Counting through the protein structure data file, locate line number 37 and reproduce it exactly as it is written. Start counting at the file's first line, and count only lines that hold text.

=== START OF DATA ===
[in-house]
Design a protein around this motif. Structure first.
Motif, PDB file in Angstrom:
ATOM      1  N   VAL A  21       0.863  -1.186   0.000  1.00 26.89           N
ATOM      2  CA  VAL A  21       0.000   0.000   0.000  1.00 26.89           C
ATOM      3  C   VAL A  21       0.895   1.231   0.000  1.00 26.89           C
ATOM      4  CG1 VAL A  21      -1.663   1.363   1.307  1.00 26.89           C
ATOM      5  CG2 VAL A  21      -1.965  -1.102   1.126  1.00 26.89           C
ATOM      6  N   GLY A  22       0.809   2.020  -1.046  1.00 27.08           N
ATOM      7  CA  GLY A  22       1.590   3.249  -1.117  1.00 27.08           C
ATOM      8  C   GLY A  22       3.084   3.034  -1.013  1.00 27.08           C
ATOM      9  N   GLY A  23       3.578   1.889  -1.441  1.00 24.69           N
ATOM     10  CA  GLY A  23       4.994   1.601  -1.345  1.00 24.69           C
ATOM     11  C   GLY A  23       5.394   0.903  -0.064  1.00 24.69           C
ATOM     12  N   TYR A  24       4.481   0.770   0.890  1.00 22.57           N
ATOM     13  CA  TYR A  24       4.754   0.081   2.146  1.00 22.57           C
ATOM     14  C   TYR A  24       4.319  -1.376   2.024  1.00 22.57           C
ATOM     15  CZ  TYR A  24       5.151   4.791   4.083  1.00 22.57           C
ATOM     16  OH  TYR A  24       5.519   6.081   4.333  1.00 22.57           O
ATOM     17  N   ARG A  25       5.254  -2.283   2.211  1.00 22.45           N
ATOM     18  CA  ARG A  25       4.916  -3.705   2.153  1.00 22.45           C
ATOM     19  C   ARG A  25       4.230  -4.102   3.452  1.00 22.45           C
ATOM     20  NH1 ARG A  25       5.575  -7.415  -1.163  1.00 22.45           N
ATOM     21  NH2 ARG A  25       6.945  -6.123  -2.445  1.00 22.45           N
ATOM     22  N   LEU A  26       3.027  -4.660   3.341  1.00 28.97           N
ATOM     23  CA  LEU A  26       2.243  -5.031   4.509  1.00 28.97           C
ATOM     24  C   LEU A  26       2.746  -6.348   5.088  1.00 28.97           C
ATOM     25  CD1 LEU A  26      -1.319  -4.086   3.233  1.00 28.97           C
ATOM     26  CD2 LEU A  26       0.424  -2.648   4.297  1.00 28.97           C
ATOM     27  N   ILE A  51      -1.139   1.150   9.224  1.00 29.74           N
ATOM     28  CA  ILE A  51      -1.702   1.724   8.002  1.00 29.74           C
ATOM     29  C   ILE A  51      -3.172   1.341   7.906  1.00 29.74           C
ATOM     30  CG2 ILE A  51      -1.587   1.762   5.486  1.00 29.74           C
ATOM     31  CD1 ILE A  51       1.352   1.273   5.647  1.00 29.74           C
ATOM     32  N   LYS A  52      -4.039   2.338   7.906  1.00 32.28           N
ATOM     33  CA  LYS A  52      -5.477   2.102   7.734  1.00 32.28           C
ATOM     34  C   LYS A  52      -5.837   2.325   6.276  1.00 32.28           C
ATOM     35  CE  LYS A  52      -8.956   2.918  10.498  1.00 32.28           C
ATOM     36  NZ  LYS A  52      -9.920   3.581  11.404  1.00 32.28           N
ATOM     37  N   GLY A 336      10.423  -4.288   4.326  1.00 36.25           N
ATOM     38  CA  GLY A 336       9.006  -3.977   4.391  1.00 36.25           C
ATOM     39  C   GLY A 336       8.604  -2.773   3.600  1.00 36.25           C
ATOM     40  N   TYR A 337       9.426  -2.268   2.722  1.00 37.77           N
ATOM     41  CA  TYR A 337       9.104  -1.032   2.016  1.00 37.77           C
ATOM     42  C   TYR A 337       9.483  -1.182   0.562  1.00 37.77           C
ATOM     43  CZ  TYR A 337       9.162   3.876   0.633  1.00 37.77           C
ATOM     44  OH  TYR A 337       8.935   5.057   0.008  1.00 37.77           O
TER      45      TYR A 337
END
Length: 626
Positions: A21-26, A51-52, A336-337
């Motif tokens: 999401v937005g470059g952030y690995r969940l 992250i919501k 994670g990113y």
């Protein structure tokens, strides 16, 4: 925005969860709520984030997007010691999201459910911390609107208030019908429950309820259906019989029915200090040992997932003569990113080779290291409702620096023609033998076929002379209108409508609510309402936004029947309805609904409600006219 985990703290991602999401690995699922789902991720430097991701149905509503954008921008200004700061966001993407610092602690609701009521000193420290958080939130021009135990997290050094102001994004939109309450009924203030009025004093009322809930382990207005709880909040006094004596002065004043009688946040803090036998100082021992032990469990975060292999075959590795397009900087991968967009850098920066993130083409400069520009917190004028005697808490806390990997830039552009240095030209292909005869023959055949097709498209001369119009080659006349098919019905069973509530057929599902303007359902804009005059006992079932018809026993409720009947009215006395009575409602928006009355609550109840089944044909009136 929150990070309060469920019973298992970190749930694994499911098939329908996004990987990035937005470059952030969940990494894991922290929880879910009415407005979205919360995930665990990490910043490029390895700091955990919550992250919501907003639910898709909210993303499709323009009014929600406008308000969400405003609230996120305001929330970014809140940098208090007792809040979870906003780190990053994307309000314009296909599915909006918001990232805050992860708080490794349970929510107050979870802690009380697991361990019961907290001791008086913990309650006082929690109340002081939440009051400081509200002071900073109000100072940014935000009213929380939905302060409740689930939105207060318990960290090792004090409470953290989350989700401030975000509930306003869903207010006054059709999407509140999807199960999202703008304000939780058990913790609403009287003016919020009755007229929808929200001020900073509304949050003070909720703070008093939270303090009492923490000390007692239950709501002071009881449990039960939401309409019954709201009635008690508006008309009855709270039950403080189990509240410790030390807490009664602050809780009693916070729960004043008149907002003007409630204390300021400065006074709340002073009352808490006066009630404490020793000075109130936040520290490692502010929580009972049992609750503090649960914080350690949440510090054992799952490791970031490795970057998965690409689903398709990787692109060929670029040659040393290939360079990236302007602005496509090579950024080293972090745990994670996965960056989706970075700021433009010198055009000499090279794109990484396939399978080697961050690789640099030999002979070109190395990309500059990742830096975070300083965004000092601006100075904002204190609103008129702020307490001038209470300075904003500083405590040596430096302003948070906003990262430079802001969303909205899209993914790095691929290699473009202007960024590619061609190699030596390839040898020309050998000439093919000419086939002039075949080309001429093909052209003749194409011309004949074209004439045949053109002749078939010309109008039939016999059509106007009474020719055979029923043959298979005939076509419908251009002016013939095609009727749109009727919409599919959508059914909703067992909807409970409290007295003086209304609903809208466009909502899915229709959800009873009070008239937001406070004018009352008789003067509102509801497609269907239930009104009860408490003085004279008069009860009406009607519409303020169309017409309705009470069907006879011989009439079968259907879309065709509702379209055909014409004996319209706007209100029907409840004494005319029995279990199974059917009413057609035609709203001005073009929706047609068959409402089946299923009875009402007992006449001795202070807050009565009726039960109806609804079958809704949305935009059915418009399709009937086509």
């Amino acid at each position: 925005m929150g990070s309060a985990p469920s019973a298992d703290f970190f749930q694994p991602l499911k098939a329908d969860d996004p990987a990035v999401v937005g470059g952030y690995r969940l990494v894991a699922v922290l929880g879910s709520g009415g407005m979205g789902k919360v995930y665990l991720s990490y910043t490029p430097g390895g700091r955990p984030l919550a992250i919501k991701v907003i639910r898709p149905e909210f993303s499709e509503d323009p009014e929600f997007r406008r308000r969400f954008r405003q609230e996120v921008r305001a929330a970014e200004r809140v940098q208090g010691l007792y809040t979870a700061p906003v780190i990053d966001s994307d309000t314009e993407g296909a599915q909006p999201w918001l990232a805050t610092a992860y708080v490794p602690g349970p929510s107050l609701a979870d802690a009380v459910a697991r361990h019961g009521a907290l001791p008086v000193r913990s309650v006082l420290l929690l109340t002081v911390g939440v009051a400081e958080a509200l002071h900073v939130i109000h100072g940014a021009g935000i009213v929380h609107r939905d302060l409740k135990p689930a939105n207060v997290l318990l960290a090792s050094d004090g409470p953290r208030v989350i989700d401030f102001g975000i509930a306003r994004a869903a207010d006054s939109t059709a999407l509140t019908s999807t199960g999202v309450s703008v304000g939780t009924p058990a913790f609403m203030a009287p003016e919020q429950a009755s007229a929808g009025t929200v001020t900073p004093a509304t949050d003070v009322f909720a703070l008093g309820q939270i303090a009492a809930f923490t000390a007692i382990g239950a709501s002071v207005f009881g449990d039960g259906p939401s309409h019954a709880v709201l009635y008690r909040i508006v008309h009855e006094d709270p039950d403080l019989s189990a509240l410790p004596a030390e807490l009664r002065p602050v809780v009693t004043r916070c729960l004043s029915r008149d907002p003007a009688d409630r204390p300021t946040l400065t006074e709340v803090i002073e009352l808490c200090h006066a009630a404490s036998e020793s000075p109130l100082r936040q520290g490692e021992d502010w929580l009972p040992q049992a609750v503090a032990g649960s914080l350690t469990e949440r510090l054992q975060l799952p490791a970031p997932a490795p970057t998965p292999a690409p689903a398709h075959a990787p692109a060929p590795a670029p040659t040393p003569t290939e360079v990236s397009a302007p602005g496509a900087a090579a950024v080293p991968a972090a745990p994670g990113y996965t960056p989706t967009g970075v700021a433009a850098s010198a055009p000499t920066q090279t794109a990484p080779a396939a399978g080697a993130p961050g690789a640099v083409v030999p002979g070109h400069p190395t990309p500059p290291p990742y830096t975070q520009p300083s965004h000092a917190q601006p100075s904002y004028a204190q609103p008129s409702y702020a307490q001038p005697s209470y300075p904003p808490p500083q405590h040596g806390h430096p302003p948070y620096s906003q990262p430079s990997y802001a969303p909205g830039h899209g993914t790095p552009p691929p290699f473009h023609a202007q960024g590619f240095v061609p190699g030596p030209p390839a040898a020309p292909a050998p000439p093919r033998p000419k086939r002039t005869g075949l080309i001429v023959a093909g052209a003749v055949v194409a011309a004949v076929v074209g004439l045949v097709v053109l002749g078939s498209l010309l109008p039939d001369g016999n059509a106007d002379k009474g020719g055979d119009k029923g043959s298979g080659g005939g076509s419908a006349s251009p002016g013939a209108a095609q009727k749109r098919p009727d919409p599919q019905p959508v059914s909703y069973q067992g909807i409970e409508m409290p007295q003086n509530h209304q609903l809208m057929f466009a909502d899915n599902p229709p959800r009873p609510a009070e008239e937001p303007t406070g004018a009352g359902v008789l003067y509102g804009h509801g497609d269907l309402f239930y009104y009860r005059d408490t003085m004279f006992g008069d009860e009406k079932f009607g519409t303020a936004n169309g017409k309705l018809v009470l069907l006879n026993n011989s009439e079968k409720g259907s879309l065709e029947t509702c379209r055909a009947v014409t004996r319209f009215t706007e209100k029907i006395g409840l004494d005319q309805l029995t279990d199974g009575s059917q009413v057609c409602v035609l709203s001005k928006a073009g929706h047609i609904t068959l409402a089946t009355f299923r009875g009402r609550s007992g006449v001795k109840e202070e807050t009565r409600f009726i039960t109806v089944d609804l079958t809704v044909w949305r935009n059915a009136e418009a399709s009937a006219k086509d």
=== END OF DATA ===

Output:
ATOM     34  C   LYS A  52      -5.837   2.325   6.276  1.00 32.28           C